Daily Archives: April 12, 2014

Thinking About Vehicles without Turrets

Buck

The other day, when we played the vehicle-only game, I started thinking about how to handle vehicles without turrets.  I wanted to avoid modifiers to the cards.  I had a “rule” that said that turret hits on vehicles without turrets were hull hits.  But I thought that didn’t take into account the lower profile of these vehicles.  So I changed to rule to say that hits on turrets were misses.  That didn’t seem to account for the fact that these vehicles couldn’t really go “hull down.”  It seems to me that an even greater portion of these vehicles is exposed in order for the gun to be able to fire, since the body of the vehicle is typically wider than a turret.

    In G.A.M.E.R. there really isn’t the same notion of “hull down” as in other rules.  If the part of the vehicle hit is behind cover, such as a wall or hill crest, the vehicle is protected — just like for infantry.  I’m thinking about using laser pointers, because in G.A.M.E.R., the terrain is its actual height on the table.  (In other games terrain is often some abstract elevation.)  So if the laser is blocked by something between the shooter and the hit location on the vehicle, the vehicle is protected.

    This is the long way around saying that I don’t want to add any modifiers, but I want to account for the unique characteristics of these vehicles.  What I’ve decided to do is color the hull section yellow on half the cards that indicate a turret hit.  If you draw one of these cards with the yellow, a turret hit is converted to a hull hit.  If you draw one of the other cards (with no yellow), the turret hit is a miss.

Sample Card

Sample Card

Before I make a final decision, I want to try this out in another vehicle-only game.

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Looking Ahead: Huzzah Preparations

Rob Dean

(It’s my turn for technical difficulties…the pictures are posted as separate blog postings…)

For the past couple of years, my long-time collaborator Ross Macfarlane and I have split the difference in the distance between our homes, and met at Huzzah in Portland, Maine. I hope he’ll be able, some day, to return to a Cold Wars or a Historicon, hauling his horde/hoard of Not Quite Seven Years War figures for another megagame. In the meantime, though, Ross has us signed up to run an American War of Independence game using his With MacDuff to the Frontier rules. I haven’t played a MacDuff game in a couple of years, having been distracted with other periods, and Ross has been tinkering with the rules in the meantime.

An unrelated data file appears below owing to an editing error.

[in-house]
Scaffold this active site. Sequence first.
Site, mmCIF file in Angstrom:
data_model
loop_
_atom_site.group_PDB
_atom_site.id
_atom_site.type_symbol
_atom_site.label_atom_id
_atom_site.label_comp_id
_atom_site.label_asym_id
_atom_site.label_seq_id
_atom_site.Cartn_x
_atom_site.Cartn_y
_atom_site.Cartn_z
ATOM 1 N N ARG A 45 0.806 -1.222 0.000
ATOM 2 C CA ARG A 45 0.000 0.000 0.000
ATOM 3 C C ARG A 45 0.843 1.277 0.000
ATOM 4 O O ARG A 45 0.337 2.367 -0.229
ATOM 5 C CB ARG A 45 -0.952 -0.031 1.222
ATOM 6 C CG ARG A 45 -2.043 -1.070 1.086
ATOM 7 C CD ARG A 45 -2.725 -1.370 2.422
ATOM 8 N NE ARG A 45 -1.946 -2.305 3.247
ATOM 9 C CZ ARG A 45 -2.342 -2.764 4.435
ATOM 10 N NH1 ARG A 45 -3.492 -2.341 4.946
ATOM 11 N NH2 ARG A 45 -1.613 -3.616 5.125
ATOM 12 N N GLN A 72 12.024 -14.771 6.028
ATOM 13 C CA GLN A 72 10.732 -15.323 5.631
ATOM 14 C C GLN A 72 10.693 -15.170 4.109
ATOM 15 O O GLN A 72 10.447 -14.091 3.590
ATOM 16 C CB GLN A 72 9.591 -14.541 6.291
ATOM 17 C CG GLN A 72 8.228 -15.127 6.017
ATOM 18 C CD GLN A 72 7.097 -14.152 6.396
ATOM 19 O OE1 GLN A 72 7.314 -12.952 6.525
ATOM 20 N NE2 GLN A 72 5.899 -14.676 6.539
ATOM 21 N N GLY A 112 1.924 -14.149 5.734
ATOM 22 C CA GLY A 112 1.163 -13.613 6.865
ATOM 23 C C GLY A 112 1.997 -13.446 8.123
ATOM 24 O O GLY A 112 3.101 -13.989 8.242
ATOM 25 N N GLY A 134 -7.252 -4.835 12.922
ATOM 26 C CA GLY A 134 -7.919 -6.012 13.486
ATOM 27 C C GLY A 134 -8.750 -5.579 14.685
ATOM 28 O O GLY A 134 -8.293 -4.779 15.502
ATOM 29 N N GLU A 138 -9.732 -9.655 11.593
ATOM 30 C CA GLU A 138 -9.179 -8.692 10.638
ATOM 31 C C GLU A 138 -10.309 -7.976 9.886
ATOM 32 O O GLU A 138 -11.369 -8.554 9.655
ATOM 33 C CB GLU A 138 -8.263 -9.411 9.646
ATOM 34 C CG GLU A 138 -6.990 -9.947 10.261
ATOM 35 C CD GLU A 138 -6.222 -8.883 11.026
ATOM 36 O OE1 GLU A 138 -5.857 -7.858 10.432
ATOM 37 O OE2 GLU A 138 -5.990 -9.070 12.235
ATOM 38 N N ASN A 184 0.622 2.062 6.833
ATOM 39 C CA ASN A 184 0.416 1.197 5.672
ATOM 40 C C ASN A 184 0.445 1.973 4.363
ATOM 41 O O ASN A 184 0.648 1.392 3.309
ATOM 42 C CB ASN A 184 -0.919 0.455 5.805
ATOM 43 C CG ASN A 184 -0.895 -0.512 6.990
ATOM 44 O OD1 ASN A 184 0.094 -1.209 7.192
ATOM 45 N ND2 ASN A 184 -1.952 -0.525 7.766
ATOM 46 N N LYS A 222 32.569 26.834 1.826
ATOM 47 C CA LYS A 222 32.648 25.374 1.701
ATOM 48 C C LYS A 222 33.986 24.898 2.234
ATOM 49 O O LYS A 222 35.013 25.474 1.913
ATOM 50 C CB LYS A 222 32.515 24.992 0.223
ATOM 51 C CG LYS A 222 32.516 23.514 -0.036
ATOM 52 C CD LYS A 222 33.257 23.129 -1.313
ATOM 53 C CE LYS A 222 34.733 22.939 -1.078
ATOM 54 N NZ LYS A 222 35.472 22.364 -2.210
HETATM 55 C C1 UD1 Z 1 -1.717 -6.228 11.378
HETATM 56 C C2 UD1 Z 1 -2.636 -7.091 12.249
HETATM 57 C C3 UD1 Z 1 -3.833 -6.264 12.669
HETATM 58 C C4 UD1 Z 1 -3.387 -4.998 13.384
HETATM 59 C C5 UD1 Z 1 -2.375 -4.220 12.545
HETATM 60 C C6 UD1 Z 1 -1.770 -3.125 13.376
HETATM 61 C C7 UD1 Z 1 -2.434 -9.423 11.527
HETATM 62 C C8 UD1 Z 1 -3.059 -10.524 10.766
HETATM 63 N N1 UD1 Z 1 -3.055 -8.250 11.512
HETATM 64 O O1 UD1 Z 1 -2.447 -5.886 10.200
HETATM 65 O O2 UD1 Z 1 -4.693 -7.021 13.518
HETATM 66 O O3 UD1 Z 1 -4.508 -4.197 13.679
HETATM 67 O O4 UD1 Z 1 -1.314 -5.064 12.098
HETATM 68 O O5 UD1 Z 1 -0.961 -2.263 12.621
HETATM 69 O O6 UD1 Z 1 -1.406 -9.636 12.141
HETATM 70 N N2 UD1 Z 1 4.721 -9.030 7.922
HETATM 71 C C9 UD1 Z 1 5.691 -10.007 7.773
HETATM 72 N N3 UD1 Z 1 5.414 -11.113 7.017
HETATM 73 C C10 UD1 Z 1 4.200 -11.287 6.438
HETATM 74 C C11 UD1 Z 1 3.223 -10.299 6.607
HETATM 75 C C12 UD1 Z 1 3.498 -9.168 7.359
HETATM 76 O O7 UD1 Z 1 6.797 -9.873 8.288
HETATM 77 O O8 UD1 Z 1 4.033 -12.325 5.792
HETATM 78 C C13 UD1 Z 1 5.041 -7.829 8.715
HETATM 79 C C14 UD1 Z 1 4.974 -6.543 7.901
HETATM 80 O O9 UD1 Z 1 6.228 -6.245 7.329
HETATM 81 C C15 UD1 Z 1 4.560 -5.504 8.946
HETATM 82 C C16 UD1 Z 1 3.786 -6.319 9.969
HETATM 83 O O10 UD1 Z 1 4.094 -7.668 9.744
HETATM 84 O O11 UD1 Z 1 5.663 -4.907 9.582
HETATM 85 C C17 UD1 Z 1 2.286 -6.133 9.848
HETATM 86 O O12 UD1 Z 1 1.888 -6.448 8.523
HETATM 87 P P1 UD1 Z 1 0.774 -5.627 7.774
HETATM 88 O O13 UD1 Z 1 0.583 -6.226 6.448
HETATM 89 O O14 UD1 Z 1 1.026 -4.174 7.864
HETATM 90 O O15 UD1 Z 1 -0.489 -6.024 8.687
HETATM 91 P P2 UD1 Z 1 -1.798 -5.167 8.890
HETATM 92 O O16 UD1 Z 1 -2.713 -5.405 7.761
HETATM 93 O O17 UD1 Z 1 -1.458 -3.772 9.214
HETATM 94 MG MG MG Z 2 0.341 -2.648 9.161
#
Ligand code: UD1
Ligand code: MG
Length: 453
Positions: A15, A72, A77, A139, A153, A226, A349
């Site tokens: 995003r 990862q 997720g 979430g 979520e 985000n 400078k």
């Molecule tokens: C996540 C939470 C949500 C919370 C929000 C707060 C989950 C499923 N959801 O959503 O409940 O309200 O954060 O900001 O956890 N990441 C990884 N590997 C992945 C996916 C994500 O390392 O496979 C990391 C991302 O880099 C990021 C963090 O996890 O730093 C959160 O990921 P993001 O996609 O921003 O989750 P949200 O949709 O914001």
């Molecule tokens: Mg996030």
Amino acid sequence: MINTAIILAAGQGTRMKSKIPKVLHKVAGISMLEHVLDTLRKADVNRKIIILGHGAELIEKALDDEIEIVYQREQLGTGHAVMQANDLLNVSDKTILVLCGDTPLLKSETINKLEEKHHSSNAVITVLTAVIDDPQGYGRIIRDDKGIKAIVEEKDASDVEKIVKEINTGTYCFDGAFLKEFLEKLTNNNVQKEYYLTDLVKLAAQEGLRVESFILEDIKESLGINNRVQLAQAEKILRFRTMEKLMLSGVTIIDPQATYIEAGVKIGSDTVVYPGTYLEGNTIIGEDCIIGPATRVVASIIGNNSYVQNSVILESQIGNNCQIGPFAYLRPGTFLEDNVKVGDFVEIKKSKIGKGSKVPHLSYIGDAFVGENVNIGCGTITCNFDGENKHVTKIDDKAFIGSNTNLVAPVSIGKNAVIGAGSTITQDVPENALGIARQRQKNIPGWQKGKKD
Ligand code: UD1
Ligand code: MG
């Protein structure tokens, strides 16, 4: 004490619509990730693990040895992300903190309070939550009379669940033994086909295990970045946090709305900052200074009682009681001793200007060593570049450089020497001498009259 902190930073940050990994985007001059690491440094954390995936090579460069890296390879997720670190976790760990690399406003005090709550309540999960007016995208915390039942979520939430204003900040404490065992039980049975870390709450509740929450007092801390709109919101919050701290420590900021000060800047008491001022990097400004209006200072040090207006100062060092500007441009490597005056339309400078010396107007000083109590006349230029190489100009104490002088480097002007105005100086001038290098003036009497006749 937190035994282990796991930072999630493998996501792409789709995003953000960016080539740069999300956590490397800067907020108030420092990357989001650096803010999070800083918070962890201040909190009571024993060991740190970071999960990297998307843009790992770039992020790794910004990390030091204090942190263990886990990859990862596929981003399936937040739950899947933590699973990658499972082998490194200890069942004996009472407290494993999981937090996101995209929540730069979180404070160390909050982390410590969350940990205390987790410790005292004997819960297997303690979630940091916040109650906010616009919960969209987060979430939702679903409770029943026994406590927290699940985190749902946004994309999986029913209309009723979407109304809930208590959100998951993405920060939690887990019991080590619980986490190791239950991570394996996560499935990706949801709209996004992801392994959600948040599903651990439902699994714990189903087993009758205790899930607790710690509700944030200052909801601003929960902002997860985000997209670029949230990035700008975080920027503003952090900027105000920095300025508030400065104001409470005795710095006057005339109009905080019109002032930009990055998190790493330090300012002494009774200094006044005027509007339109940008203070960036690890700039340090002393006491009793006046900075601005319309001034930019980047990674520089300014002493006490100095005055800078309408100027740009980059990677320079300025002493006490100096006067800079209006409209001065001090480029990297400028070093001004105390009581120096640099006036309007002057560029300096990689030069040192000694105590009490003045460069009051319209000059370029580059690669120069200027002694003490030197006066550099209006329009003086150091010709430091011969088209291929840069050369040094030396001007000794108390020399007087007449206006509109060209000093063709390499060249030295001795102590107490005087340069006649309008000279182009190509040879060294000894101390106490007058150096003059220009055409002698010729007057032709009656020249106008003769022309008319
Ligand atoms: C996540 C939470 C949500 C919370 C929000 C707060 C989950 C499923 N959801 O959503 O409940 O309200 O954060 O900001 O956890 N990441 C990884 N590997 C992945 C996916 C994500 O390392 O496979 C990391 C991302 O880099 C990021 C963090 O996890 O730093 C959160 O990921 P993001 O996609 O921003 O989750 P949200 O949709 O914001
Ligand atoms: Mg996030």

Thus, I was glad to have the opportunity to virtually drop into Ross’s gameroom yesterday for a playtest session of the convention game.

Yesterday turned out not to be a particularly good day for the Internet, and we had some technical difficulties with the videoconferencing capabilities of Google Hangouts (rather than Skype). This left me with a bit of fog of war, as can be seen from the screen capture above. Neverthess, Ross was a good sport about moving the camera around as necessary.

The scenario involved two groups of settlers racing for a fort in an attempt to avoid Loyalist and Indian raiders, reinforced by some Hessian jaegers and grenadiers.

In case any potential Huzzah players are reading, I will not discuss the scenario too much. The key to the game, as far as I can tell, is that it is more likely to go well when your troops actually arrive on the table… The scattered raiders attempted to intercept the wagons, but never achieved local superiority and were eventually driven off piecemeal.

Remote games run a little more slowly than live games would, not counting the technical difficulties, but it still makes for a pleasant experience, and I’m rateful to Ross for hosting this time around. My turn next time…

Inspired by the game, I combed my French and Indian War collection for my contribution to the Huzzah scenario and mustered them in a Really Useful Box, in preparation for the trip. The figures, as usual, are a mix of Irregular, Sash and Saber, Prince August, and Nuernberger Meisterzinn.

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